HideoutThe Hideout

HIDEOUTThe Hideout
The Hideoutnice places to visit and things to do

Back to where I started

November 11th, 2008

When I wrote my last articles, I already was back in Germany for some time. I just didn’t find the time to finish, but now I’m glad to finish it with this post!

After Bolivia I was on a long bus drive to Arequipa, which is a popular city in Peru. Nice mountains and valleys offer great opportunities to hike and trek. I stopped their to meet up with a friend I met in Lima, when I arrived there from Panama. We always tried meet up during our journeys but always missed another.

Uyuni – Salt Flats

November 9th, 2008

IMG_0125Time to leave La Paz for a few days I thought. The time I would return to Germany got closer and there wasn’t time for all of Bolivia in the slightest. Instead of doing everything in a rush I decided to visit only one highlight of Bolivia (next to La Paz) … the Salt Flats.

Most tours start in Uyuni and there are dozens of agencies, who offer a guide and a jeep and other stuff for a 3 and 4 days trip normally. You can book those tours already in La Paz but it’s quite easy to get ripped off there. It’s better to first go to Uyuni and look there for a trustworthy agency.

La Paz

October 12th, 2008

La Paz from El Alto La Paz … the capital of Bolivia, a city even higher than Cuzco and where people build houses on even the smallest spot. With my bus I arrived in a busy market street in Lapaz, called Sarganaga. I already liked this place and I was looking forward to explore it later. After I got oriented I went to the Loki Hostal by foot, which took me about 15 minutes.

Welcome to Bolivia

October 2nd, 2008

Welcome to Bolivia Excited I left Puno at 7:30am to make my way to Bolivia the first time. Another border crossing procedure, new stamps in my passport and then a new culture of people. About the latter one I was wondering if the people would be so different from the people in Peru.

The bus was nice and brought us to the border within three hours. At the border, before entering Copacabana, you first have to go to the police office to receive a stamp and then you can go to the Peruvian immigration office to get another stamp. A hundred meters further you find the Bolivian immigration office where you get more stamps and where you have to hand in the immigration form (that you get there or already in the bus).


September 19th, 2008

Titcaca lake I spent some time in a new cafe, that just opend a few days ago, to wait for my nightbus to Puno. The owner of this place was very talkative and was very interested in the history and culture of his country. Later I also gave him some tips about how to make his place more attractive for the people, which he took seriously by taking notes.


September 17th, 2008

On the way to Choquequirao

Long I was looking for a trek to Choquequirao, which is a site similar to Machu Picchu, but way less tourists, since there’s also no bus service and you can only reach it by foot.

A group was all I wanted to join, which was more difficult, because not so many people are interested in that site. So I couldn’t find a group for every day, which restricted me a bit. Without a group of at least three people no agency wants to do this trip. For a higher price it’s possible of course but this would have been to private for me, too.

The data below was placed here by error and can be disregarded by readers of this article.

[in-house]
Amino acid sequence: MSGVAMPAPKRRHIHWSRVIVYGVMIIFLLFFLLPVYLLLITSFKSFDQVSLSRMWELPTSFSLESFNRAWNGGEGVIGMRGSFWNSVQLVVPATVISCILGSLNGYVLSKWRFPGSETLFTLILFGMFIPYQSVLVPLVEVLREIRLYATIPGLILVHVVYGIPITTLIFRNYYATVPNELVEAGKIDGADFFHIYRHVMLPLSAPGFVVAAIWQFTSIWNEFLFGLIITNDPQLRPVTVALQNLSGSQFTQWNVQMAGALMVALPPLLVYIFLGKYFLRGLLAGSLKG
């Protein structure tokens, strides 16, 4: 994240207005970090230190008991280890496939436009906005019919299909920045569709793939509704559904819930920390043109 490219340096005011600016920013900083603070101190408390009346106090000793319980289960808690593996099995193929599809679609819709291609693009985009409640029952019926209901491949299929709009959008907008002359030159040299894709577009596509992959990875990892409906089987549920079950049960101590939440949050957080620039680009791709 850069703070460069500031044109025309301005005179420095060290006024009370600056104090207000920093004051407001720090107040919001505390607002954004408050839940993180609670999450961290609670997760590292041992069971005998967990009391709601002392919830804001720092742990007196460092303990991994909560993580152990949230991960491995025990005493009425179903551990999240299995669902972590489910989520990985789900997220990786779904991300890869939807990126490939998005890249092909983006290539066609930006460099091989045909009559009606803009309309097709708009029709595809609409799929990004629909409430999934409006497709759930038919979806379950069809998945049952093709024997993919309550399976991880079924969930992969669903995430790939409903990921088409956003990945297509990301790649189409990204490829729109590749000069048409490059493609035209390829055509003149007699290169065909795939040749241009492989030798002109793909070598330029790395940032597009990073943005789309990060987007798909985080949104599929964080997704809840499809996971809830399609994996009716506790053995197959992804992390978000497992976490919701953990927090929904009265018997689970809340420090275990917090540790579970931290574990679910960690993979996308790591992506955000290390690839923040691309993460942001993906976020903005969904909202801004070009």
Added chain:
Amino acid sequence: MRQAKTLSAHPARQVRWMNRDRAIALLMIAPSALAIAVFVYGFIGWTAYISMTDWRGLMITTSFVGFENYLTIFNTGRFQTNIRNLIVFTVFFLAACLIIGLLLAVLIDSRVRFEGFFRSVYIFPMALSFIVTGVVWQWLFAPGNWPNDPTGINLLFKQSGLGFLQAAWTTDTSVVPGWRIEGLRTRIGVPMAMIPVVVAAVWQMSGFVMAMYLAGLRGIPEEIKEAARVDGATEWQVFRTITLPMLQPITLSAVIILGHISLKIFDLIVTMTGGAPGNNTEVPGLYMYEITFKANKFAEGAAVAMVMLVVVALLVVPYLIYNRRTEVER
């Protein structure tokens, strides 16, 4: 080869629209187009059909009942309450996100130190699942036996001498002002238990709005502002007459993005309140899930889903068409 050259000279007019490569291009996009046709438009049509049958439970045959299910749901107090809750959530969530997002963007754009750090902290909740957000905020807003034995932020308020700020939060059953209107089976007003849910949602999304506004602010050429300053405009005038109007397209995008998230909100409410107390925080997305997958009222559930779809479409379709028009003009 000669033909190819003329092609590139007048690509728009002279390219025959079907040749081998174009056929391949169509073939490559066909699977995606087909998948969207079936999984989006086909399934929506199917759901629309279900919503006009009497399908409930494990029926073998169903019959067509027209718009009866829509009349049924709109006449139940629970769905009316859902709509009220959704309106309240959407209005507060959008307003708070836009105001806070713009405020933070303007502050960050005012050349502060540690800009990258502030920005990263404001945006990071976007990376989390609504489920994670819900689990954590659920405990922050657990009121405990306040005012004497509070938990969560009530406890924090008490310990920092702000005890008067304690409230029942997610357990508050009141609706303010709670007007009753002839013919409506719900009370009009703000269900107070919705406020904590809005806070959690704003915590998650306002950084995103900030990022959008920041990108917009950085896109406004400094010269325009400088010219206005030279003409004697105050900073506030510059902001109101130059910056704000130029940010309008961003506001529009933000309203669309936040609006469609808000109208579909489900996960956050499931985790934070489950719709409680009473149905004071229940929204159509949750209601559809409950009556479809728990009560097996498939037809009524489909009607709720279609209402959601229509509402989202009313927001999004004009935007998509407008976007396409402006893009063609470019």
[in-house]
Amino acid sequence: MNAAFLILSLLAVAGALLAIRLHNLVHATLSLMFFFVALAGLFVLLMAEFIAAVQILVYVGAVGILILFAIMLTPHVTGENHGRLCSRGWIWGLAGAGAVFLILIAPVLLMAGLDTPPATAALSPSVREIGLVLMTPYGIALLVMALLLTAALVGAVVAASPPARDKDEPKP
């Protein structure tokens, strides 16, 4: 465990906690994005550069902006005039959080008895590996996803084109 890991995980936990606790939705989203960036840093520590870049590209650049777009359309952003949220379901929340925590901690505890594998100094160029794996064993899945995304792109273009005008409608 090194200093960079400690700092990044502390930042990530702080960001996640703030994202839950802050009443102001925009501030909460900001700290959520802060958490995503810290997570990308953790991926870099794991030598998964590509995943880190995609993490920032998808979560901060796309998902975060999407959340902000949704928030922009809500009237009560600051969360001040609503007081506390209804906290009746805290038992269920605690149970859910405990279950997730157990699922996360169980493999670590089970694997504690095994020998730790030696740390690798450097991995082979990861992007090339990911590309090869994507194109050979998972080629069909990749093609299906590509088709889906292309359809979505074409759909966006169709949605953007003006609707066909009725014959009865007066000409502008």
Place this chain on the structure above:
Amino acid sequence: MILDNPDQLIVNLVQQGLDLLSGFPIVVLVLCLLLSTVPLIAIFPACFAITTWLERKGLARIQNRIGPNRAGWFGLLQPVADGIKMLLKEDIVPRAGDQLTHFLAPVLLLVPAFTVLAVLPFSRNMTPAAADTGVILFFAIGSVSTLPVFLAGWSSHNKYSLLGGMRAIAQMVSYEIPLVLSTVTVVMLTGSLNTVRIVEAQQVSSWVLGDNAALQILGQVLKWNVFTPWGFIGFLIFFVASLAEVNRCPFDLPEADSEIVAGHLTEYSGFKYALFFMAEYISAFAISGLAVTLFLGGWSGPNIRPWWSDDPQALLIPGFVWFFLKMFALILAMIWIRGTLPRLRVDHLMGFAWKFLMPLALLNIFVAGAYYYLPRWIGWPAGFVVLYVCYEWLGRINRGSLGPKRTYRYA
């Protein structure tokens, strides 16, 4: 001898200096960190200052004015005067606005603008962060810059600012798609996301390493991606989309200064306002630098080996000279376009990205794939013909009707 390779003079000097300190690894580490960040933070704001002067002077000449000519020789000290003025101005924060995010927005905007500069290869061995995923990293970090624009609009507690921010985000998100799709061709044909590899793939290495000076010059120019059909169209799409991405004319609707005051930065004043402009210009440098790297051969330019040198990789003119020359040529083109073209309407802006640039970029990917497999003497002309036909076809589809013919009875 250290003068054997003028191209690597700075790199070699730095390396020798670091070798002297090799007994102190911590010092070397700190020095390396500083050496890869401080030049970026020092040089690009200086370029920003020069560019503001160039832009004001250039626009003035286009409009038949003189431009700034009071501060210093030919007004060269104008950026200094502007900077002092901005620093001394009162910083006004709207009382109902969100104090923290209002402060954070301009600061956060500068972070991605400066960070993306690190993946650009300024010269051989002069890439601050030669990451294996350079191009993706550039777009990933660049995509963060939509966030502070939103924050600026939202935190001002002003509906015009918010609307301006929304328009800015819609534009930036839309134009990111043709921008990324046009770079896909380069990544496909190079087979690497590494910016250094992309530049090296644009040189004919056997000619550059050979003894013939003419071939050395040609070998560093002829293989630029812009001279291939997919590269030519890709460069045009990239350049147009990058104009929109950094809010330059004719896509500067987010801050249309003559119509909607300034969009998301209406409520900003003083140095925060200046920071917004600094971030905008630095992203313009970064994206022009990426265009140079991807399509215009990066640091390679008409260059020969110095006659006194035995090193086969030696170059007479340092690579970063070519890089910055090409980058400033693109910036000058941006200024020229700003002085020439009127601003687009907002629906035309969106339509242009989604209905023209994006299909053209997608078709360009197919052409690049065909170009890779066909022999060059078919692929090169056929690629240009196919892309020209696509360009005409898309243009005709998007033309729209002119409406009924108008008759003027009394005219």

Machu Picchu

September 15th, 2008

Me in Machu Picchu

After visiting several agencies I finally booked a trip to the famous Machu Picchu for $140. It is not a trek where I will spend several days walking, like on the overrun Inkatrail. I decided to do just a two day trip, the cheapest way possible. My first idea was to do it all on my own without using the expensive train (roundtrip from Cuzco: $96, from Olyantambo: $32) for that you need to buy a ticket in advance. But the buses seem to be very few to Santa Teresa, from where you can take a collectivo (mini bus) to the Hidroelectrica, where another train to Machu Picchu departs($8). But you can also walk the way which should take around 2h.


September 14th, 2008


My bus to Cuzco was supposed to leave at 7am. With all my luggage I went to the bus company Celtour, from where the bus departed. When I arrived there I could only see a little local bus, in which I could survive up to two hours but not any longer. I asked for the big bus and I was told that this one would depart in the evening. What? No one said anything about that! Moreover I was assigned a seat number for a big tour bus. I refused to enter this bus, although they tried again and again to push me into that little vehicle.


September 9th, 2008


Slowly I wanted to make my way to Cuzco, but since it’s more than 30h by bus from Huaraz, I wanted to do some stops inbetween. I looked at the map of Peru and picked two locations that seemed to be good according to the distances and the hours that I would spend in the bus. But in Peru a straight line isn’t always the fastest way …

My destination was Ayacucho, which is in the south-east of Lima, a third of the distance to Cuzco. Only nine hours from Lima (you get used to those time spans!), but first I had to go to Lima, which were another nine hours from Huaraz.


September 7th, 2008

Church in Huaraz

Leaving Trujillo and its pollution behind, the Linea bus approached into the night. I payed 50 soles for the second class. There also was a bus for only 35 soles, however I didn’t want to renounce the snack and more comfortable seats, especially not at night.

Ten hours later the bus climbed up to an altitude of 3000m. I was in Huaraz, immediately stunned by the beautiful landscape that surrounded the city within a valley. The mountains looked like paintings in the golden light of a new day.